Returning to the idea of need as a three-element relation (x needs y in order to z), it was noted that in addition to the question discussed in the previous section – what is health needed for? – one can ask ‘what is needed to achieve health?’ This is the central question of ‘health need,’ which will be considered next.
Health care appears to be the most obvious candidate for what is needed to achieve health. After all, health care is a means to improving health, and thus it would seem that a need for health is simultaneously a need for health care. However, not all health needs indicate a need for health care. Ordinarily, other basic needs such as food, water, sanitation, and shelter must be met as a minimal precondition for health; many health needs arise as the result of a failure to meet these other needs. In such cases, although health care might be necessary for short-term intervention, ensuring that these basic needs are met will clearly be more effective for overcoming population health needs in the longer term. Even in developed societies where basic needs are mostly catered for, it is argued that a level of health need arises as a result of poor quality housing, material insecurity, working conditions, and social exclusion. In many cases, targeting such ‘upstream’ causes of disease will be a better strategy for reducing health need overall.
A need for health, then, cannot be identified with a need for health care; only some health needs are at the same time health care needs. The concept of health care need will be considered once more in the last part of the article, but first the relationship between a shortfall in health and the need for health will be considered in more detail.
The Health Baseline
For the purposes of this discussion, health is conceived as the absence of harmful disease (understood very broadly). But it is also noted that what is to count as ‘harmful disease’ can vary culturally and individually. It is also suggested that longevity should be seen as a dimension of health. The notions of the absence of disease, and of living to a certain age, function not only as conceptions of health, but can also be conceived of as a particular baseline of health, against which shortfalls in health can be measured. Thus, premature death and the presence of disease both in different ways represent shortfalls in health achievement.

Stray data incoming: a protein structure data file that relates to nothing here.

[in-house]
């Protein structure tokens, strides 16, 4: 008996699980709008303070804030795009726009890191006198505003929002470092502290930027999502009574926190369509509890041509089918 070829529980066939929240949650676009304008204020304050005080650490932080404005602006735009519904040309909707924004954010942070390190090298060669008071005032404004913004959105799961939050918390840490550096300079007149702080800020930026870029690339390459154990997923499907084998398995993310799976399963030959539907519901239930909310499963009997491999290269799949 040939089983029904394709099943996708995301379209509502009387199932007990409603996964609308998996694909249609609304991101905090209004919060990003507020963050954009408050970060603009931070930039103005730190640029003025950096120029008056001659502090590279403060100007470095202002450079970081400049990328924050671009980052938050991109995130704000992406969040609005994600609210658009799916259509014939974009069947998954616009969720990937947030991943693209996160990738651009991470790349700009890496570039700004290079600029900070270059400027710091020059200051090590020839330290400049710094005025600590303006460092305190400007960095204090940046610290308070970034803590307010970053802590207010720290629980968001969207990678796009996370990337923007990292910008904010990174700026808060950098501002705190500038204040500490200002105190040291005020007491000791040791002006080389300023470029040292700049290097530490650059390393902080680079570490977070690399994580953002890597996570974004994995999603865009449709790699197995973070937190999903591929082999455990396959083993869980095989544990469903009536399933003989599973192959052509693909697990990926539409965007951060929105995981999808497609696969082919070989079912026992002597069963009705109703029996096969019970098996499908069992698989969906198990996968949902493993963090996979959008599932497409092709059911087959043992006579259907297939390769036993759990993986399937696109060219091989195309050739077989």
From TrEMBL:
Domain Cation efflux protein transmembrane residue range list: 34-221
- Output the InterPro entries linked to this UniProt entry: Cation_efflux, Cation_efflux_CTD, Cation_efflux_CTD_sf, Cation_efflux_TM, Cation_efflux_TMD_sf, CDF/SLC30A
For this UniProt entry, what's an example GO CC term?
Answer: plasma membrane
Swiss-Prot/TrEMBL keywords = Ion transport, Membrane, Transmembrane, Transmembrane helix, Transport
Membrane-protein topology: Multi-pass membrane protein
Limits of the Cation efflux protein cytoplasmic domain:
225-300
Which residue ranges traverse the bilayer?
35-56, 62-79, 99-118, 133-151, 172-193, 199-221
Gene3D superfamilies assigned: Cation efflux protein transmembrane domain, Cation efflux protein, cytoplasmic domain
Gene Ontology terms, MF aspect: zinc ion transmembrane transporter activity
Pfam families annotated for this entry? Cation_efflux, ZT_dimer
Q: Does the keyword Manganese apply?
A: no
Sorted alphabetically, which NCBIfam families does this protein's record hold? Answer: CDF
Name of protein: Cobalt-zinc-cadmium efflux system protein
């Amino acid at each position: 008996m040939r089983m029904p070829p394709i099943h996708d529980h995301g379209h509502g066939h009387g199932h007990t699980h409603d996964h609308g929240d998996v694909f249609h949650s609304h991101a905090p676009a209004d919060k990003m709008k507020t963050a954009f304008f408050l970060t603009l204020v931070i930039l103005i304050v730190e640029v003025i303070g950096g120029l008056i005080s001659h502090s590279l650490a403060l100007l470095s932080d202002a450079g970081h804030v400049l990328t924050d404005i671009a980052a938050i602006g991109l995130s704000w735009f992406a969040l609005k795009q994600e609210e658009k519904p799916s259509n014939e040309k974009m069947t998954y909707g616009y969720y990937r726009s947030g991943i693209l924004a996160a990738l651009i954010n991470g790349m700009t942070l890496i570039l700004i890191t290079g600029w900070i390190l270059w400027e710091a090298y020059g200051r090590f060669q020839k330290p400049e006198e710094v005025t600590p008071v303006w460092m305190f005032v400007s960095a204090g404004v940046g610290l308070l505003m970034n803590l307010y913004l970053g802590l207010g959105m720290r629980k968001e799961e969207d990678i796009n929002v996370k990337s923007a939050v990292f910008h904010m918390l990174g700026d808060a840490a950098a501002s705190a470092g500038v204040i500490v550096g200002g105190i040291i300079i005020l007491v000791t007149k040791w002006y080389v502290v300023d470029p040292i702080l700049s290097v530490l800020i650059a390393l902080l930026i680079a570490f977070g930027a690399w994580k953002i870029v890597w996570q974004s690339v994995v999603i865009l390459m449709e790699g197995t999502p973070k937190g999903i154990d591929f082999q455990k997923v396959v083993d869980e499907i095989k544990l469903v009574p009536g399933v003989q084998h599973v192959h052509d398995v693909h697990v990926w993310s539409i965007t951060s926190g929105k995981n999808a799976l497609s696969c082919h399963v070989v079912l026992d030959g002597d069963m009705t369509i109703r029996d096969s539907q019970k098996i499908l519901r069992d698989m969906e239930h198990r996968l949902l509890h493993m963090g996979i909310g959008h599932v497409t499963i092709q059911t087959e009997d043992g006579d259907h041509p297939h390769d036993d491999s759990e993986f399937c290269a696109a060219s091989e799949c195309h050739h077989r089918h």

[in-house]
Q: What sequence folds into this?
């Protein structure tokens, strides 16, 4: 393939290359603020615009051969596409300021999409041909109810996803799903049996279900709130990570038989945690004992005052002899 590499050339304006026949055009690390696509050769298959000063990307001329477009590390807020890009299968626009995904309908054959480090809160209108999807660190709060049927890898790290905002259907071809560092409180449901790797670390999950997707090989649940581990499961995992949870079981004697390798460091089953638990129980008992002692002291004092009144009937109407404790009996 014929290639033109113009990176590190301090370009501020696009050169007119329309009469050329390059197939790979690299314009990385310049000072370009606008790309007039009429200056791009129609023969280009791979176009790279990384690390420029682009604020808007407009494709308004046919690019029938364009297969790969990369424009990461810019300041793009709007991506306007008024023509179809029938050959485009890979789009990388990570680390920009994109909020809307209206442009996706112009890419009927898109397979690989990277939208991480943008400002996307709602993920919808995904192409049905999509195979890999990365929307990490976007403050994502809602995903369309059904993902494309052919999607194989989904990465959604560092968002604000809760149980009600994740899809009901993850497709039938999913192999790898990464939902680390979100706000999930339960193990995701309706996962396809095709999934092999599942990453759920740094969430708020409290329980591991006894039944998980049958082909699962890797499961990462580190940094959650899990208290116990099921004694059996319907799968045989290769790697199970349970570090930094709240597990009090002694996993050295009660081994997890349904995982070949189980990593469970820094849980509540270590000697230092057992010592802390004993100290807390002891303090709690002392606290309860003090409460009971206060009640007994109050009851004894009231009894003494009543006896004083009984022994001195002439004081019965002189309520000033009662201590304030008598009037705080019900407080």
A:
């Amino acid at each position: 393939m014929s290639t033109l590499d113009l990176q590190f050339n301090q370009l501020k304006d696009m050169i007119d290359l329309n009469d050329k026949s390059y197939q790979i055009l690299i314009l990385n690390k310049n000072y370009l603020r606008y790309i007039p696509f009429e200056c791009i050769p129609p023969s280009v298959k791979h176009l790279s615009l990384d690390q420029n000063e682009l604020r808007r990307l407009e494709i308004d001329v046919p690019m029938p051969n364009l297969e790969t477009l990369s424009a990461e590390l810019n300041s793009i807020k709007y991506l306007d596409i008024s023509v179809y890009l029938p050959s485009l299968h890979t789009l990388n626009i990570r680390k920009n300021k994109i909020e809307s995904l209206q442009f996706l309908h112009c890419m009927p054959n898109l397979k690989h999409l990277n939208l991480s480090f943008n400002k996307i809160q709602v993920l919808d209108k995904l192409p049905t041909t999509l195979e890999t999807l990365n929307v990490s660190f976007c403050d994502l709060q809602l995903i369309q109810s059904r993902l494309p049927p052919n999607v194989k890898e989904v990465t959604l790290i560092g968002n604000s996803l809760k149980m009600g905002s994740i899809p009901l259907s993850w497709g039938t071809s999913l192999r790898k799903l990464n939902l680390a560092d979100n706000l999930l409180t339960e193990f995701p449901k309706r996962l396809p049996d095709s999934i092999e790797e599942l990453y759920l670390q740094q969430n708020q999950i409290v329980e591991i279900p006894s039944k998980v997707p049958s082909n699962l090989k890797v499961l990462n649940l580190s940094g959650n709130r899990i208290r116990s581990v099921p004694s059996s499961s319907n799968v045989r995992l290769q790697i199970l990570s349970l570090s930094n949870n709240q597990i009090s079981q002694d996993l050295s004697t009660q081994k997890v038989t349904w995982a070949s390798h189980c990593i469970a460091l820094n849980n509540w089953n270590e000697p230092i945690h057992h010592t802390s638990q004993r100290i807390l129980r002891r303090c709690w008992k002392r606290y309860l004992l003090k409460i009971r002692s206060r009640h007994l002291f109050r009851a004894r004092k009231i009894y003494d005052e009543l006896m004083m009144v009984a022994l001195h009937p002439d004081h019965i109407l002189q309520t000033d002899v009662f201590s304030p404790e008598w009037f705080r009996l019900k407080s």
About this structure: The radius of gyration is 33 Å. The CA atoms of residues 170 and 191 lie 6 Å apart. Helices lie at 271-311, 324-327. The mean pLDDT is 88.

This baseline of health has a double function. On the one hand it provides an account of what it is to achieve health (as a means to a life of good experience and opportunity). On the other it provides a standard by which other things, such as health care, can be judged as meeting health need or not. The baseline of health, therefore, is central to the concept of need for health and health care. The question of what this baseline of health should be will be considered next.
On the most expansive conception of health need, the highest attainable health would be adopted as the baseline against which health need is measured. Consider the case of life expectancy. The life expectancy at birth in Japan, which is one of the highest in the world at nearly 84 years (CIA: The World Factbook, 2012), is usually used as the standard for the highest attainable life expectancy. Accordingly, if this life expectancy is adopted as the relevant baseline, any shorter life expectancy represents a health need. However, one might be skeptical of the idea that any shortfall from this very high standard of health is appropriately characterized as a health need. The UK, for example, has a slightly lower life expectancy at birth than Japan at approximately 80 years (CIA Factbook). But would one thereby say that the UK has a health need? This seems debatable.
One possible argument is that a shortfall in health is only a health need if it reflects a genuine possibility for health gain. But it is not clear that the highest known life expectancy attained by some is attainable by all. This will depend on what factors determine longevity and the extent to which these factors are within the scope of human control. Perhaps longevity is partly genetically determined. Other determinants, such as diet and lifestyle, are in principle within our control, but in practice it is hard to imagine a government imposing a particular diet on its citizens. One can see why one might think that only cases where there is a genuine possibility for improving health should be considered a health need: after all, to say that there exists a need seems to imply that something ought to be done. And to say that something ought to be done in turn seems to imply that something can be done – or so proclaims that familiar Kantian principle.
This issue can be set aside for now. Instead, consider a different reason to be skeptical that the UK has a health need in this case. One could argue that the highest attainable health is simply the wrong standard of health against which to compare our own health achievement for the purpose of identifying health need. Just as athleticism or other forms of positive health achievements go beyond what one would ordinarily say is needed, this ideal standard also seems to exceed what is required. Reserving the term ‘need’ for more substantial shortfalls in health seems more intuitive.